In April 2017, President Donald Trump extended the Veterans Choice Act (a piece of legislation that was signed into law by President Obama in 2014) which gave veterans greater access to health care providers.
This was not an executive order; this bill did not grant veterans free health care; this bill does not allow veterans to receive care at any hospital; Trump signed this extension in April 2017, not March 2018.
In March 2018, a Facebook post deriding “Trump haters” and touting one of the president’s accomplishments — an executive order that grants veterans free health care at any hospital in the United States — started going viral:
For all the Trump haters; today President Trump signed an executive order allowing our veterans to get 100% medical bills paid at hospitals other than a V.A. hospital. This will save the lives of many American service men and women who have been on V.A. waiting lists, some for years and many dying while waiting. Now they can go to ANY hospital they want… This is how our veterans SHOULD be treated!!! Thanks President Trump!!!
There are a number of problems with this Facebook post, starting with the claim that President Donald Trump signed an executive order “today” (5 March 2018). A list of Presidential actions (including executive orders) available on the White House’s web site shows that no executive order at all, whether for veteran’s health care or anything else, was signed on this date.
The language in this post seems to be referring to the Veterans Choice Act, which was signed into law by President Obama in August 2014. President Trump signed a bill to extend this program a few months before it was set to expire in August 2017:
President Donald Trump extended the Veterans Choice Act on Wednesday to set the stage for a push in Congress to expand the program and allow more access to private care for veterans.
Flanked by veterans at an Oval Office ceremony, the president signed the bill to extend the Choice program, which was to expire on Aug. 7, and allow the expenditure of the remaining $950 million in the program.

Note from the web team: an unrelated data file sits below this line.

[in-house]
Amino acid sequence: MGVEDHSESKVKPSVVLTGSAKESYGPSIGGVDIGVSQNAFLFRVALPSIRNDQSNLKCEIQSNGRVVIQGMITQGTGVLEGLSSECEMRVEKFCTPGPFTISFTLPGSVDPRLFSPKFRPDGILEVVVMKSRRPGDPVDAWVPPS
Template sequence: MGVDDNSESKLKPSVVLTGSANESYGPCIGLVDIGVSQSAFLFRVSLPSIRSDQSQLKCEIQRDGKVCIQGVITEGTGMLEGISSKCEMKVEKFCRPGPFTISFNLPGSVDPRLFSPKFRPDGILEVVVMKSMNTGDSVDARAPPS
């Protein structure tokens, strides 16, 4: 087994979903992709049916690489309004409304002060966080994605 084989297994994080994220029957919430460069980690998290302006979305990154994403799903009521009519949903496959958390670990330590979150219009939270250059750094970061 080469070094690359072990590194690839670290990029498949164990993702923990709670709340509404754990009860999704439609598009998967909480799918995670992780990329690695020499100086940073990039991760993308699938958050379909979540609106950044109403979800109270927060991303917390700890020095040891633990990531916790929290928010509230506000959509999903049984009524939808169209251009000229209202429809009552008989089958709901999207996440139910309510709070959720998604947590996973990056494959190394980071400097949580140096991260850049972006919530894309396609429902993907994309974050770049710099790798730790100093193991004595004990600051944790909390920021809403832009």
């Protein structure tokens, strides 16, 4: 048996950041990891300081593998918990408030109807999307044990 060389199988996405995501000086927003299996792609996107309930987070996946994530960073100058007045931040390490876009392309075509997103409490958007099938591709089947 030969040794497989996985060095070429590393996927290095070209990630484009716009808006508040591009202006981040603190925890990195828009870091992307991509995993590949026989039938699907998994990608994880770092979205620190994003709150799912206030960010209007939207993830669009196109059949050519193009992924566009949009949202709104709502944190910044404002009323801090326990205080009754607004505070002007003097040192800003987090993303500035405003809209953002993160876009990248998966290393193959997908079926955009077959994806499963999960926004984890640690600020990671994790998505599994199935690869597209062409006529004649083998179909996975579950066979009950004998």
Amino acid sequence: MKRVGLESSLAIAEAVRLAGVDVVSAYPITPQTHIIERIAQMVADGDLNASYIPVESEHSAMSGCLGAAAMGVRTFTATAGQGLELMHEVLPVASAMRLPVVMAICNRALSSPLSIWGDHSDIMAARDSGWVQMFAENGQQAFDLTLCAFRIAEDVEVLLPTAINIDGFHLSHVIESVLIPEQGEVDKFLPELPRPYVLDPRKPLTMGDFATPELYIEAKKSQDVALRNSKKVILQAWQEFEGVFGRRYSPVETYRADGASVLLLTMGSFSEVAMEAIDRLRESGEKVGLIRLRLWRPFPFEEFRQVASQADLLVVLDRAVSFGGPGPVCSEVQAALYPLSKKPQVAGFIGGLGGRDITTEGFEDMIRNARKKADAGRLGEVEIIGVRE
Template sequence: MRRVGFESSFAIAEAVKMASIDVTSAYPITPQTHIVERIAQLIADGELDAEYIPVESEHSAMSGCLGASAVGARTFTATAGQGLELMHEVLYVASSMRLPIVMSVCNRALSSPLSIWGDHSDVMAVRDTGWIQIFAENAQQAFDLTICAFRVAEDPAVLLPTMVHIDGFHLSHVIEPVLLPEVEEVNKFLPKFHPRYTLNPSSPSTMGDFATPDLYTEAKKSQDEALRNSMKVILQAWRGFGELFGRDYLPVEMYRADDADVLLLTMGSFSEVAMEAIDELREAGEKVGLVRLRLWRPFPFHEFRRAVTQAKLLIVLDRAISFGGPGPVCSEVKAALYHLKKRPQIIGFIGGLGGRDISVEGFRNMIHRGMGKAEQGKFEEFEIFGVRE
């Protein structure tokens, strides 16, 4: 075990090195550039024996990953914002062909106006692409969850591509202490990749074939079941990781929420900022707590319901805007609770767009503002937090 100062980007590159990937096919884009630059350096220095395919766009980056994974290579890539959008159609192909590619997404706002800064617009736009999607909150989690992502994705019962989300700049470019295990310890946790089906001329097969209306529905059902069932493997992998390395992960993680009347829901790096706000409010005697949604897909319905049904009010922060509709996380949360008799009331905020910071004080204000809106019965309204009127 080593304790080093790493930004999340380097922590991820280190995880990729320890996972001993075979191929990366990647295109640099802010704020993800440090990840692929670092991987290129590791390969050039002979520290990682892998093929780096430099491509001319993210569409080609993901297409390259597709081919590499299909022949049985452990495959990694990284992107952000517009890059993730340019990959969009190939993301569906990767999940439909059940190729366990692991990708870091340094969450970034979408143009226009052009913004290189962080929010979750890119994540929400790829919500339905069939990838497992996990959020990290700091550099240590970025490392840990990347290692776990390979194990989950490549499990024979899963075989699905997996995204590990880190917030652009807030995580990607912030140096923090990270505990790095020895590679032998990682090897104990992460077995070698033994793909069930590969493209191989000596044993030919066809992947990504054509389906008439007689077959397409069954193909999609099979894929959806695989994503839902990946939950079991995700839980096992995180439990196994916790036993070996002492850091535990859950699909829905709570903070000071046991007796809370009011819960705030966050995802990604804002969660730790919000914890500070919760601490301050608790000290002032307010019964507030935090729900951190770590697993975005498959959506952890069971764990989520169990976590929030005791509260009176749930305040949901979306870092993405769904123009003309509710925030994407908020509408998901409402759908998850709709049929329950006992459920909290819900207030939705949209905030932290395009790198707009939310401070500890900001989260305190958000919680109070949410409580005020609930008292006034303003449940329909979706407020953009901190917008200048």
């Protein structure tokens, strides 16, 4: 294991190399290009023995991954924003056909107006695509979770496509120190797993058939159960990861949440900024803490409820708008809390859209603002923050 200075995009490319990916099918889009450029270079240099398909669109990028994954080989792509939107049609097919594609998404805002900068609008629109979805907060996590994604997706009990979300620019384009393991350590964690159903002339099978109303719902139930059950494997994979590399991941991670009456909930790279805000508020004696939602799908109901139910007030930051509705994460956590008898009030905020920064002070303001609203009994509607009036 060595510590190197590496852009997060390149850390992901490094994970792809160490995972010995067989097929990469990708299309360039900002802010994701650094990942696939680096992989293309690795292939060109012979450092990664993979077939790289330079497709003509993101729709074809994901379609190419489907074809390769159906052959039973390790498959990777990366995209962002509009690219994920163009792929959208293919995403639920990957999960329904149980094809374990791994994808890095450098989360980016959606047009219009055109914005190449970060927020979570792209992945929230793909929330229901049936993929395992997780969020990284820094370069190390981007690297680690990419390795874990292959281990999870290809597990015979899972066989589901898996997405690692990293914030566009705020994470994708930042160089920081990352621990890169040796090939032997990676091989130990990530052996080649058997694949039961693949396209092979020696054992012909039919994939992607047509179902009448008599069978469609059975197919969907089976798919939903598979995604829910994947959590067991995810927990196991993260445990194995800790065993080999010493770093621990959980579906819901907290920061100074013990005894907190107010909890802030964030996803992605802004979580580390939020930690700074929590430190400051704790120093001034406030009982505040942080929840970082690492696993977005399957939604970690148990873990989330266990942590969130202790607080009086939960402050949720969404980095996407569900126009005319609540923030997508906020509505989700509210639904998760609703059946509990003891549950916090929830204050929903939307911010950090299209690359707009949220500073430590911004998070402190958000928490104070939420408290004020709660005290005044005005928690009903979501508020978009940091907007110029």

This was not an executive order; furthermore, the Veterans Access, Choice, and Accountability Act of 2014 did not accomplish all of the things set out in this Facebook post, such as grant free health care at any hospital.
The Veterans Choice Program expanded the “availability of medical services for eligible Veterans with community providers,” but it did not grant veterans the opportunity to receive completely free health care at any hospital of their choosing. A fact sheet provided by the Department of Veterans Affairs laid out the criteria for veterans to seek health care outside established providers:
As directed by the Choice Act, VA will administer the “Veterans Choice Fund” to implement the Veterans Choice Program (“the Program”). The Program will operate for 3 years or until the Fund is exhausted. The Program will provide Veterans who were enrolled as of August 1, 2014 or eligible to enroll as a recently discharged combat Veteran with a Veterans Choice Card, and allow those Veterans who are unable to schedule an appointment within 30 days of their preferred date or the clinically appropriate date, or on the basis of their place of residence to elect to receive care from eligible non-VA health care entities or providers. This is separate from VA’s existing program providing Veterans care outside of the VA system. Eligible non-VA entities or providers must enter into agreements with VA to furnish care, must maintain the same or similar credentials and licenses as VA providers, and must submit to VA a copy of any medical records related to care and services provided under the Program for inclusion in the Veteran’s VA electronic medical record.
The VA elaborated on the criteria that veterans must meet in order to seek treatment at outside providers. Even then, the choice of hospitals is limited to the facilities that have agreed to participate in the program. Furthermore, this bill does not include a provision stating that it covered all of the health care provided at these facilities. Some veterans may be eligible for free health care services, but most are required to pay for a portion of their treatment:
While many Veterans qualify for free healthcare services based on a VA compensable service-connected condition or other special eligibilities, most Veterans are required to complete a financial assessment or means test at the time of enrollment to determine if they qualify for free health care services. Veterans whose income exceed VA income limits as well as those who choose not to complete the financial assessment at the time of enrollment, must agree to pay required copays for health care services to become eligible for VA healthcare services.
The future of the program is uncertain, however. Critics of the program say that it’s too expensive, and that it could eventually lead to downsizing.